Michael Wacha
ESNY Graphic, Getty Images

The New York Mets starting rotation competition is getting muddier by the day. That’s great news for Michael Wacha’s hopes of starting.

Kyle Newman

The competition for the New York Mets‘ fifth starter is heating up. Both Steven Matz and Michael Wacha have made two starts now and the latter has looked more impressive.

Wacha hasn’t allowed a run in five innings and he’s only allowed three hits. Matz has thrown only three innings, but he’s allowed one run on a home run. The stats don’t really tell the story here though.

The real story is the huge changes that Wacha is making to his pitching arsenal.

Michael Wacha’s performance

Wacha’s fastball velocity has been on a rapid decline over the last two seasons. He was averaging about 96 mph in 2017, which was the high point in his career. It was also Wacha’s best season by fWAR.

By 2018 his velocity was down to about 94 mph. Last season it was all the way down to 93 mph. Injuries and constantly changing roles have wreaked havoc with Wacha.

Wacha is healthy again now with the Mets and it shows. His velocity is back up to 96 mph in spring. The question is whether or not he can maintain it. If he can maintain that velocity it could mean big things for the mercurial pitcher.

That’s not the only change Wacha’s made since coming to New York. He’s also made a big change to his slider. His cutter velocity has dropped from 91 mph to 89 in spring and the movement has become more of a traditional slider than a cutter.

This would be a huge change for Wacha who has never thrown a slider before and relied heavily on his cutter in the past. It’s his second-best off-speed pitch.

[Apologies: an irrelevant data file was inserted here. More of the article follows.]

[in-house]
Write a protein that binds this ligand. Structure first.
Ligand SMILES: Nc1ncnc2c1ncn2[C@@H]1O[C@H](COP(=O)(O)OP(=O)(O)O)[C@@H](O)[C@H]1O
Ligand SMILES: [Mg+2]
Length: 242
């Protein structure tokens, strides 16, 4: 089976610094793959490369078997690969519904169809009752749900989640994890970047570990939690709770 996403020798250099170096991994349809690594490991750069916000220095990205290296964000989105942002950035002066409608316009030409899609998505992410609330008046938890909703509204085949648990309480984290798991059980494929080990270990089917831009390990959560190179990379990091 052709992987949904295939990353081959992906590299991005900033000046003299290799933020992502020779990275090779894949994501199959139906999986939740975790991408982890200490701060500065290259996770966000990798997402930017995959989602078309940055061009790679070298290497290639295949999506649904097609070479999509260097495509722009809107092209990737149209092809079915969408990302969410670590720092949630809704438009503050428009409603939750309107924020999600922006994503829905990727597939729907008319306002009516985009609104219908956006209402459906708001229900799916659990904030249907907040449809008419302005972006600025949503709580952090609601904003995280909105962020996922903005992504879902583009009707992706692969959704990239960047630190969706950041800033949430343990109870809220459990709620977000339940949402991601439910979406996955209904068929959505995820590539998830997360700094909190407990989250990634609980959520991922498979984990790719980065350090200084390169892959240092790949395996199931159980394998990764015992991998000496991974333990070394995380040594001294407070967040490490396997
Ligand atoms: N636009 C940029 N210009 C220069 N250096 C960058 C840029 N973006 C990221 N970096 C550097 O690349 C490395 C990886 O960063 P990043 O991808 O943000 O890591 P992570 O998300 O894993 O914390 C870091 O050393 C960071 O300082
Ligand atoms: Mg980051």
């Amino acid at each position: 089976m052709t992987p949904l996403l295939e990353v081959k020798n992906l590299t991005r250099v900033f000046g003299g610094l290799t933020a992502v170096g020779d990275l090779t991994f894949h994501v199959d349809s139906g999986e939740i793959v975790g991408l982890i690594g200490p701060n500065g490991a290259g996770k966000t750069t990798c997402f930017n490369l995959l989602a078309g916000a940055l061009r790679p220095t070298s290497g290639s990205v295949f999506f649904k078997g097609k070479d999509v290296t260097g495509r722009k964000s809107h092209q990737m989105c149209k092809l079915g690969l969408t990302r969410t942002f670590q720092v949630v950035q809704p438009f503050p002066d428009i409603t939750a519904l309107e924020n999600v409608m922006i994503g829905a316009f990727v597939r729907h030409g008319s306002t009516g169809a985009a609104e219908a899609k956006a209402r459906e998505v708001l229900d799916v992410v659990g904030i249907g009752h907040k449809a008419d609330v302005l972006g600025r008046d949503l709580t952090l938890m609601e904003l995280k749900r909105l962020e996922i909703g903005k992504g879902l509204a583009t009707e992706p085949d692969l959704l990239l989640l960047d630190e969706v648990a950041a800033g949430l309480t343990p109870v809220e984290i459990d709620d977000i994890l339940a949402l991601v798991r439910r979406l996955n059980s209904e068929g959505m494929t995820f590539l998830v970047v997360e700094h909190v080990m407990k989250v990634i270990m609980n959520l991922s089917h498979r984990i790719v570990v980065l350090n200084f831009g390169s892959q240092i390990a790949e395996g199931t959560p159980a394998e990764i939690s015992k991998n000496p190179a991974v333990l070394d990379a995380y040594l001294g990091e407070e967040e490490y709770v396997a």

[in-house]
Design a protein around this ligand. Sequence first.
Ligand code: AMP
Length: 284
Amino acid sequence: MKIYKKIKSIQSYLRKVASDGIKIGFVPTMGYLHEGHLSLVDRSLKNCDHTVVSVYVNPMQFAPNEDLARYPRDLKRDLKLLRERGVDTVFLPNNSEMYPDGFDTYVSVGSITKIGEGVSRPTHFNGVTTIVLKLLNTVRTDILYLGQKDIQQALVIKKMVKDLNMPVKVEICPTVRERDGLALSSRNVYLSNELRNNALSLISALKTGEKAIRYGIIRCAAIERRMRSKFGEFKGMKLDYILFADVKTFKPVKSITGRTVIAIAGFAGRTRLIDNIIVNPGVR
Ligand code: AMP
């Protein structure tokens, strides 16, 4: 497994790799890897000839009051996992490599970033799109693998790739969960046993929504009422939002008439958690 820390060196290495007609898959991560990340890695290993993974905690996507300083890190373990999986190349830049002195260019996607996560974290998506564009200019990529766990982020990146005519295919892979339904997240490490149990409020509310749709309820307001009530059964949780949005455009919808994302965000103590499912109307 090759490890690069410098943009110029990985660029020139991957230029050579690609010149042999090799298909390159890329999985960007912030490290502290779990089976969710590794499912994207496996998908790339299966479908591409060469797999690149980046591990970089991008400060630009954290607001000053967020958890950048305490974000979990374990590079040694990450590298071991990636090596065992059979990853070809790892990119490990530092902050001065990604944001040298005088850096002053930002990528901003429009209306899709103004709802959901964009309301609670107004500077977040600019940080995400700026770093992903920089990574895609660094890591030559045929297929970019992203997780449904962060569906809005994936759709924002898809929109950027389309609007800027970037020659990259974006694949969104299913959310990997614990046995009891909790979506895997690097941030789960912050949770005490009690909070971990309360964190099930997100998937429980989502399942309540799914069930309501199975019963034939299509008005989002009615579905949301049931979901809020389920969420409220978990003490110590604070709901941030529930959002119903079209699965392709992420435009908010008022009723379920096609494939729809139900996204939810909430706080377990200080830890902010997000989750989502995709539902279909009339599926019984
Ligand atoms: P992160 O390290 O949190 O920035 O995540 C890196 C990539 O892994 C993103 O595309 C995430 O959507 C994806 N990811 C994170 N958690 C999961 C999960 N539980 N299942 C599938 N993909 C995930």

The change should come as a major surprise. Wacha did throw his cutter considerably less in 2019 than he did in 2018. Still, the complete change of a breaking pitch doesn’t happen often. This is likely something that Wacha and New York Mets’ pitching coach Jeremy Hefner has been working on.

If the change to the slider succeeds it could lead to better results against lefties and potentially an increase in strikeout numbers. That’s especially true if he’s able to maintain his fastball velocity.

Signs are pointing up for Wacha so far in camp, but he’s still got a lot to overcome. His awful 2019 is a bigger obstacle to overcome than five innings and some changes to his arsenal.

However, a cross-town rival might be making Wacha’s case for him.

Steven Matz as trade bait

The Mets have been reluctant to deal away from their major league roster since Brodie Van Wagenen was hired. He even refused to trade rental players at the deadline in 2019 despite a potential haul of prospects coming back.

That might change in 2020. Spring has begun to show that the team has stable pitching depth. Even if Matz takes his rightful place as the team’s fifth starter, the Mets have Wacha and top pitching prospect David Peterson right behind him.

Like Matz and Wacha, Peterson has had a strong start to the spring. Peterson has five strikeouts in four innings and hasn’t walked a batter. He’s allowed one run on four hits, but that all came in one innings in his first start.

Peterson is expected to start 2020 in Triple-A and a strong showing there will put him just one step away from his MLB debut. That opens the door to potential Matz trade.

He would bring back more in a deal than either Wacha or Peterson would. That should be enough for the Mets to at least consider moving him and going with the two relative unknowns with a higher upside.

In fact, the Mets are already listening. After being decimated by injuries early in spring training the New York Yankees have shown interest in the Long Island lefty.

Talks aren’t likely to go anywhere with the regular season just around the corner, but it’s an interesting possibility. It would allow the Mets to add some much-needed prospect depth or even potentially add to their volatile bullpen.

Whatever route a trade takes it could be a solution to their fifth starter problem. Wacha earns the spot because Matz is more valuable as a trade asset than as a starter. That’s especially true if the team is desperate like the Yankees.

Of course, none of this is possible if Wacha’s level of play drops. He needs to stay consistent throughout spring to show he’s at least on equal footing with Matz. If he can’t do that, then the Mets will have no choice but to hold onto Matz.

That’s why Wacha’s strong start to the spring may be sorting out the Mets rotation problems all by itself.

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